Thursday, October 22, 2009

H1N1 Triggers Visitation Restrictions at Fauquier Hospital

In response to the rapid and pervasive spread of the H1N1 virus this flu season, Fauquier Hospital is temporarily restricting visitors.

Rodger Baker, CEO and president of Fauquier Health, said, “The spread of seasonal and H1N1 influenza in our community requires that we take special measures to protect our patients and staff, including limiting their exposure to visitors who may have influenza. It is difficult to determine who may be infected with an influenza virus because people can be contagious before they start showing symptoms of flu, including fever and coughing.”

“We hope these precautions will help to slow the spread of H1N1 in Fauquier County.”

Temporary Visitor Restrictions
• Instead of unrestricted, open visiting hours, there will be two blocks of visiting times: from 11 a.m. to 1 p.m. and 6 p.m. to 8 p.m.
• No visitors under the age of 18 will be permitted.
• Visitors will be limited to two per patient room.
• Visitors must enter through the front doors of the hospital or (when the front doors are locked, at night) through the Emergency Room.
• Those who exhibit influenza-like symptoms will not be able to visit patient rooms.
• Special restrictions are in place for visitors to the Family Birthing Center. Only spouses and significant others of the mothers and grandparents of the babies will be permitted. Visitors who come to the Family Birthing Center will be asked to call into the unit from an in-house phone before being admitted.
• In the adult critical care and oncology units, visitors will be limited to spouses, significant others, parents or those directly responsible for a patient’s care.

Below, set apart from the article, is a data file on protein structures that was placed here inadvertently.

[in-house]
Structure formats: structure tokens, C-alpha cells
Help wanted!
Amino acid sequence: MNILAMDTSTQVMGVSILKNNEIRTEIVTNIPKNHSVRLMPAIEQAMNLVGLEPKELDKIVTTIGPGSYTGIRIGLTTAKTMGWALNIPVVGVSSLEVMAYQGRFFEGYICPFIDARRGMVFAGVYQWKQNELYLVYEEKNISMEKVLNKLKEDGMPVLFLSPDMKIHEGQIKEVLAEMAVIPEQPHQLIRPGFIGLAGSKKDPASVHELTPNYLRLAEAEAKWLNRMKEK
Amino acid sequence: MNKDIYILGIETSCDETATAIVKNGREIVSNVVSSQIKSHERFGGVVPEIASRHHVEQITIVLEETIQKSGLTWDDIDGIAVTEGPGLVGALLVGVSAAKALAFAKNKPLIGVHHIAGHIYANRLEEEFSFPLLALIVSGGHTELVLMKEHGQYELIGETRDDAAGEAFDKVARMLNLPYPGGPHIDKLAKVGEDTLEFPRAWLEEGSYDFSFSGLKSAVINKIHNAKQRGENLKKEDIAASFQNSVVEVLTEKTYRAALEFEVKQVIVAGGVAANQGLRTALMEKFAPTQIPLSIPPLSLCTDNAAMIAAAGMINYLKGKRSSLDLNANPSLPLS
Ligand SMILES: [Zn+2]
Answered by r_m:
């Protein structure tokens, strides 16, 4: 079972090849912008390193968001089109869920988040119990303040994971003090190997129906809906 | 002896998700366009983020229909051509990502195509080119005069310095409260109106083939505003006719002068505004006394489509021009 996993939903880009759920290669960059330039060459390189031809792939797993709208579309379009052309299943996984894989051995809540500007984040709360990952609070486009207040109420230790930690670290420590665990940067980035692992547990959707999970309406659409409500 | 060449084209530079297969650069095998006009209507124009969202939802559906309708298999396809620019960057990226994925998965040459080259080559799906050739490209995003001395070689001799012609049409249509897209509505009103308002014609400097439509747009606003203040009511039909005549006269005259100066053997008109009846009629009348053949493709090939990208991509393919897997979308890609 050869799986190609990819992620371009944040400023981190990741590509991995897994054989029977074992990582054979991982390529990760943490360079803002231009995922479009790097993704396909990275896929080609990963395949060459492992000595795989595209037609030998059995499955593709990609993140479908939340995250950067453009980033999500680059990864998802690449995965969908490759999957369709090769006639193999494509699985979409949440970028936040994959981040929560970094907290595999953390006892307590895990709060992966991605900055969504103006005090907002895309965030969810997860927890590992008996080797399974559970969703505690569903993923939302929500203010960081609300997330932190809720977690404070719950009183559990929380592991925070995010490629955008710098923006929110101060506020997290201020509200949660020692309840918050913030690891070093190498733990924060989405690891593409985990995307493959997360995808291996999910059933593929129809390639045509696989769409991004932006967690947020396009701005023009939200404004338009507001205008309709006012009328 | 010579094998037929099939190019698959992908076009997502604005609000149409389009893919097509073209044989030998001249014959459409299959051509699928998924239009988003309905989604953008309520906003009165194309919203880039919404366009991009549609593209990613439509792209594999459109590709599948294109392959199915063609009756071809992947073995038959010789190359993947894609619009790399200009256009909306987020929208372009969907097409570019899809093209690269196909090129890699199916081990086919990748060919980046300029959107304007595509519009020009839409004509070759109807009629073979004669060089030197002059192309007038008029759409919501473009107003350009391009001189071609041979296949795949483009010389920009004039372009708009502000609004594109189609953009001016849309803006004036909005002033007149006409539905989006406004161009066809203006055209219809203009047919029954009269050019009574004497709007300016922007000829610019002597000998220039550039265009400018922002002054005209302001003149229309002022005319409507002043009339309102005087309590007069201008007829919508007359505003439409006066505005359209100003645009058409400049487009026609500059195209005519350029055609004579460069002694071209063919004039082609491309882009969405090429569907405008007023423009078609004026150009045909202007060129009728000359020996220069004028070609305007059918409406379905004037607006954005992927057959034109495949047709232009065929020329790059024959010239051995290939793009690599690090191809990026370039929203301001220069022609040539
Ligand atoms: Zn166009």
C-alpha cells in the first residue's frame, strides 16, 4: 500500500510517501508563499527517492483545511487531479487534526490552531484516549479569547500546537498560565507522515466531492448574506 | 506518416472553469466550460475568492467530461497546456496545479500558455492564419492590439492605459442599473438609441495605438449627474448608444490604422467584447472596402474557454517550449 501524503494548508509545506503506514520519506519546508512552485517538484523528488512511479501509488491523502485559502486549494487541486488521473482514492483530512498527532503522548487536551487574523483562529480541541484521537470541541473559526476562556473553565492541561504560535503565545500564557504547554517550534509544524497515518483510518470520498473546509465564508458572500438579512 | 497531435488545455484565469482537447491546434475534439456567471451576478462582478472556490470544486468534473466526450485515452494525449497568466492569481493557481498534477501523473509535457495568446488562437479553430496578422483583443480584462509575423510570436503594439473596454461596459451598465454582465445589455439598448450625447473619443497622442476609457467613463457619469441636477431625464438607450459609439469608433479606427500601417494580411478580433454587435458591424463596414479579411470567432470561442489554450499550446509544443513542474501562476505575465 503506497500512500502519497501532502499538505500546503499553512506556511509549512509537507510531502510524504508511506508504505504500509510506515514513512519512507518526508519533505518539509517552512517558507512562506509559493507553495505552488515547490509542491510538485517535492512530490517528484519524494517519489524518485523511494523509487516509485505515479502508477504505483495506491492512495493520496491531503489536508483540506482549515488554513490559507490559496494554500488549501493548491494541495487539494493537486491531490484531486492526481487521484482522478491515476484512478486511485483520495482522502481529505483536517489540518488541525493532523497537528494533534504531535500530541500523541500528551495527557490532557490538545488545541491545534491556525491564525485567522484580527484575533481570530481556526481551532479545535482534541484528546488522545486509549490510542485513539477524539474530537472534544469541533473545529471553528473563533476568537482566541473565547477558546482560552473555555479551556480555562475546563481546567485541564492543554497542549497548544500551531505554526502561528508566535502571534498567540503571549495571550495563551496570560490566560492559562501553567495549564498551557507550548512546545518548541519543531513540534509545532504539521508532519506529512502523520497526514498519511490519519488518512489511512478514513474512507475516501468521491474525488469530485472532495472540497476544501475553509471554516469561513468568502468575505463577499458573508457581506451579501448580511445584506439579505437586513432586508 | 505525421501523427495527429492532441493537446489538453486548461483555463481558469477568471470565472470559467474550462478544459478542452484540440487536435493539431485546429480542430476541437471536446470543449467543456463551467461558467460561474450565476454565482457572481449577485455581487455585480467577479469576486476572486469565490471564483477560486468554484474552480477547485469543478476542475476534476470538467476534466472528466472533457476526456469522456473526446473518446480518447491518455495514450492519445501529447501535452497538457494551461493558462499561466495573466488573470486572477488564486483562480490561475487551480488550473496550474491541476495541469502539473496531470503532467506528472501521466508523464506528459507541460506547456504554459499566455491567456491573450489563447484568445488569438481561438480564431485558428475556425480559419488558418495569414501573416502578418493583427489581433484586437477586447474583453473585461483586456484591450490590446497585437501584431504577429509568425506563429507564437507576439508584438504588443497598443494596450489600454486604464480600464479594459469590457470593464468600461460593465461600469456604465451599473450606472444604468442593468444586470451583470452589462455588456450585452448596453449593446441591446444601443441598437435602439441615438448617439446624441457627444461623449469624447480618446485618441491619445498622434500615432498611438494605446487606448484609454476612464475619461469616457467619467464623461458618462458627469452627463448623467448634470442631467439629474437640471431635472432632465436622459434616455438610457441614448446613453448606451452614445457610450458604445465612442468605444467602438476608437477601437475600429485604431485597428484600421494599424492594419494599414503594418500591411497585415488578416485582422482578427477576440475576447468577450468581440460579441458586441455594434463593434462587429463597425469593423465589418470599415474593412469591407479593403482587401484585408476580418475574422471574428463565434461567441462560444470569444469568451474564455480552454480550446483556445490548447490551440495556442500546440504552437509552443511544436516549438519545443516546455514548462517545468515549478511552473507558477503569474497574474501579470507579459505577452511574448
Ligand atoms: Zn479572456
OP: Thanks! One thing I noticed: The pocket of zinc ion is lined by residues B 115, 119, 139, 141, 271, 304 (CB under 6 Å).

• In the pediatric units, parents will be exempt from visiting hour restrictions.
• Some visitors may be asked to wear masks and/or other protective clothing while visiting.

Changes in the Emergency Department
Fauquier Hospital’s Emergency Department, like others throughout the region, has seen a marked increase in activity in the last week because of the H1N1 flu.

On a typical weekday, Emergency Department staff can expect to see anywhere from 70 to 90 patients. On Tuesday, October 20, more than 120 patients came through the doors, 46 of them with influenza-like symptoms. Weekends tend to be even busier.

Beginning Friday, October 23, in order to speed the flow of patients through the Emergency Department and facilitate evaluation and treatment, those with flu-like symptoms will enter the Emergency Department through a separate door near the main ED entrance. The initiative will serve to isolate potential H1N1 sufferers and protect other patients from infection. The separate ED entrances will be in use between the hours of 11 a.m. and 11 p.m.

Once in the Emergency Department, those who have influenza-like symptoms will be hosted in an isolated unit, apart from the rest of the ED and the rest of the hospital.

The unit is equipped with special “air scrubbers” that sanitize the air.

Dr. Joseph Servideo, chairman of the Emergency Department, emphasized that if residents experience mild to moderate influenza-like symptoms – a fever higher than 100 degrees, coughing, sore throat, congestion, vomiting or diarrhea – it will not be helpful to come to the Emergency Department. “Stay home, take pain and fever reducers and drink plenty of fluids. In a week to ten days, you should be feeling better,” he advised. “Those with severe symptoms -- shortness of breath, repeated vomiting, dehydration or a fever above 103 -- or those with serious underlying conditions should seek medical attention from their doctors or at the ED.”

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